See "United States Depository."
Deposits ("Bank Statement"). Deposits as referred to under " Bank Statement" are somewhat difficult to define from the fact that money itself to the full amount of the deposits is not necessarily understood, for the reason that a man with a deposit of $50,000 may borrow from the same bank $25,000, which, instead of being paid to him in cash, will be credited to his account, swelling it to $75,000. One-third of this amount, therefore, certainly is not cash, and the increase in the deposit does not increase the bank's money holdings. This explains why an increase in deposits follows an expansion of loans. Such matters are all based on credit and a due appreciation of its importance in connection with financial and business affairs should be kept constantly in mind.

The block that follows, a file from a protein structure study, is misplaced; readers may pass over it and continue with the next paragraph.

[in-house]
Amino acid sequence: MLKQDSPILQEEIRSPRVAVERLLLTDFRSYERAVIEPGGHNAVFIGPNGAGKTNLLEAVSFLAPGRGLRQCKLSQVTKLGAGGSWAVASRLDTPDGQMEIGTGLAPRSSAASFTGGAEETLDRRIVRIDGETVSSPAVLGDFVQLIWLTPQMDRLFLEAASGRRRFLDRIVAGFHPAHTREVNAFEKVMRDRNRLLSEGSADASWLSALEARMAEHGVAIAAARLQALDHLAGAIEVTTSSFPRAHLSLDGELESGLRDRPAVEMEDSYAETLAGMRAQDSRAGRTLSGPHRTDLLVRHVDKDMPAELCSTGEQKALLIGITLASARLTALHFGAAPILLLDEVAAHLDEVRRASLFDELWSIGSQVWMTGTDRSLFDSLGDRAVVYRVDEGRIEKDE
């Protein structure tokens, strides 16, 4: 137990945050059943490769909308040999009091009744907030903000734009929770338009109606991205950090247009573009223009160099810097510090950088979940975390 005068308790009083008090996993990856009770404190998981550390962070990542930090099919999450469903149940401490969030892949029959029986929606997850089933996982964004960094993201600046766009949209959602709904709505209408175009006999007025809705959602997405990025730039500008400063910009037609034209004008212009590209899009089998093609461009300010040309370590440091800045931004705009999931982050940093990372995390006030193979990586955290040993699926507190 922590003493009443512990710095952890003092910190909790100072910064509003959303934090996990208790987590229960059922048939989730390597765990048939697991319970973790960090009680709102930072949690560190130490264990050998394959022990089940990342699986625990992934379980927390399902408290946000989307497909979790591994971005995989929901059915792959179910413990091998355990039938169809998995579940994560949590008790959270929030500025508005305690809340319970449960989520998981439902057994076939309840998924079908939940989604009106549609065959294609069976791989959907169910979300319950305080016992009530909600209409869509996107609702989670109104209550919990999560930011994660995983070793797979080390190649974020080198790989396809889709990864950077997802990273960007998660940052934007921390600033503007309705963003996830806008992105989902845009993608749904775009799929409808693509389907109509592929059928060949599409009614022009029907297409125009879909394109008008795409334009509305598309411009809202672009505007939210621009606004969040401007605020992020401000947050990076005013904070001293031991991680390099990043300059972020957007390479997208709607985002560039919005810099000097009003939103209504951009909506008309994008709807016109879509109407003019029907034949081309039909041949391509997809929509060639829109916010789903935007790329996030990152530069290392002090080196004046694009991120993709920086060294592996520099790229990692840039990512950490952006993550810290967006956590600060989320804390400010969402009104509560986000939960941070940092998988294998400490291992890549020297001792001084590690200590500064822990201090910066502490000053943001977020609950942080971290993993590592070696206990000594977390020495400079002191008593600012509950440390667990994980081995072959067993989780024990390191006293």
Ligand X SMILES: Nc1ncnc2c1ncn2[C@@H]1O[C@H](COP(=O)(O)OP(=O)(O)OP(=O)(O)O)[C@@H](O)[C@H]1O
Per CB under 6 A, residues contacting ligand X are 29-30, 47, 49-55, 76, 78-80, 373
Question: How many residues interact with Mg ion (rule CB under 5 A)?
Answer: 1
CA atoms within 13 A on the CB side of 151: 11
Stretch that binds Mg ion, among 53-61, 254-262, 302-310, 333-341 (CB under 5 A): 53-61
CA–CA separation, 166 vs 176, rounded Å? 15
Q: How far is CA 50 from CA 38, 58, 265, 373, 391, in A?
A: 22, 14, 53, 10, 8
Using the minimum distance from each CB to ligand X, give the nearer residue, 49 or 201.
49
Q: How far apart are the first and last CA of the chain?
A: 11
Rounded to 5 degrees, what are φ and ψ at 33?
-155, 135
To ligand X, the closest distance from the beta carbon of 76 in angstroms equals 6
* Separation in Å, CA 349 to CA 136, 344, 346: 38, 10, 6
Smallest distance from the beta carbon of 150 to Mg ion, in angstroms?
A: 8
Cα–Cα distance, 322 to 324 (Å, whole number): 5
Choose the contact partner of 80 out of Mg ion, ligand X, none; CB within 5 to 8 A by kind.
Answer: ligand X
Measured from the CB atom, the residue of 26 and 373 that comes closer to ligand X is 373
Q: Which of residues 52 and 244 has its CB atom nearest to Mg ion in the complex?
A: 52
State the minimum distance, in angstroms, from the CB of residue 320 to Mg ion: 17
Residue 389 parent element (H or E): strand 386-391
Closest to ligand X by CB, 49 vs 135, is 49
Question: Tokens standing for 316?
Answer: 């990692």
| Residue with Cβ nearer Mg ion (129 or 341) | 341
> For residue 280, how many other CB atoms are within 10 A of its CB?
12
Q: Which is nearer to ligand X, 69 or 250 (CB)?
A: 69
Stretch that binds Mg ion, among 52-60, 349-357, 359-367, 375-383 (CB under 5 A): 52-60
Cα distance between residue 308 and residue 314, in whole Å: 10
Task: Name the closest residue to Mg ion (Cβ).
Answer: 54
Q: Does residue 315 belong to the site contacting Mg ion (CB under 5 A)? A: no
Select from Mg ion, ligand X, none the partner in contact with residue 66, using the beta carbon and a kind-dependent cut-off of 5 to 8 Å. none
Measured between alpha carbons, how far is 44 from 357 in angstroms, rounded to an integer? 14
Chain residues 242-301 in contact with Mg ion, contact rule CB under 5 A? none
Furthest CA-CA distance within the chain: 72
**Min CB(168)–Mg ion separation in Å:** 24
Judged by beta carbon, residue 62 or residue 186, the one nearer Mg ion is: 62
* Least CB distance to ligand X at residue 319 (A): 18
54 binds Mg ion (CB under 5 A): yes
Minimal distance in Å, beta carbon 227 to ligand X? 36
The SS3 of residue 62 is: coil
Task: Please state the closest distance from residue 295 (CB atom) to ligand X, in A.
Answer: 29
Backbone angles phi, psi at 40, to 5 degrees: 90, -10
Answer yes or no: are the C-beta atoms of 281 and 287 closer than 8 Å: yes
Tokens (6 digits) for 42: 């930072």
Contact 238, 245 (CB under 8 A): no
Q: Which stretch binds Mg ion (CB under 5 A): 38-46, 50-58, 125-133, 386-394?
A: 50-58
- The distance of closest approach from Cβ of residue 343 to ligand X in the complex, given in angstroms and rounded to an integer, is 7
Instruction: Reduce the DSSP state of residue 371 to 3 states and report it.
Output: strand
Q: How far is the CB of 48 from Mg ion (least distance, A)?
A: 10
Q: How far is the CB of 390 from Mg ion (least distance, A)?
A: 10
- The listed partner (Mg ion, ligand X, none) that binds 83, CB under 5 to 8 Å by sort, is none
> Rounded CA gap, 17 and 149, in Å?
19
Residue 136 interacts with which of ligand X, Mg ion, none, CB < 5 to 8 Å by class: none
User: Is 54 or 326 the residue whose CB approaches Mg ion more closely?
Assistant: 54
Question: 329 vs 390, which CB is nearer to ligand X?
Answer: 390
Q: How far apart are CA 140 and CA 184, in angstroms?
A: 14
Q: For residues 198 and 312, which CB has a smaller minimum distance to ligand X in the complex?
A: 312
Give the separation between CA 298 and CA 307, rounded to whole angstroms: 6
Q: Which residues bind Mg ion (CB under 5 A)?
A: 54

The deposits of the associated banks of New York are divided so as to show separately the amount of "net demand deposits " and "net time deposits " (for an understanding of which turn to the subjects in quotations), and enables one to estimate the "reserve" requirements, as explained under the subject "Reserve."
Since the inauguration of the Federal Reserve System so many of the old banking customs of this country have been changed, it is recommended that all those who desire a better understanding of this subject should read the "Federal Reserve Act " to be found at the end of the book.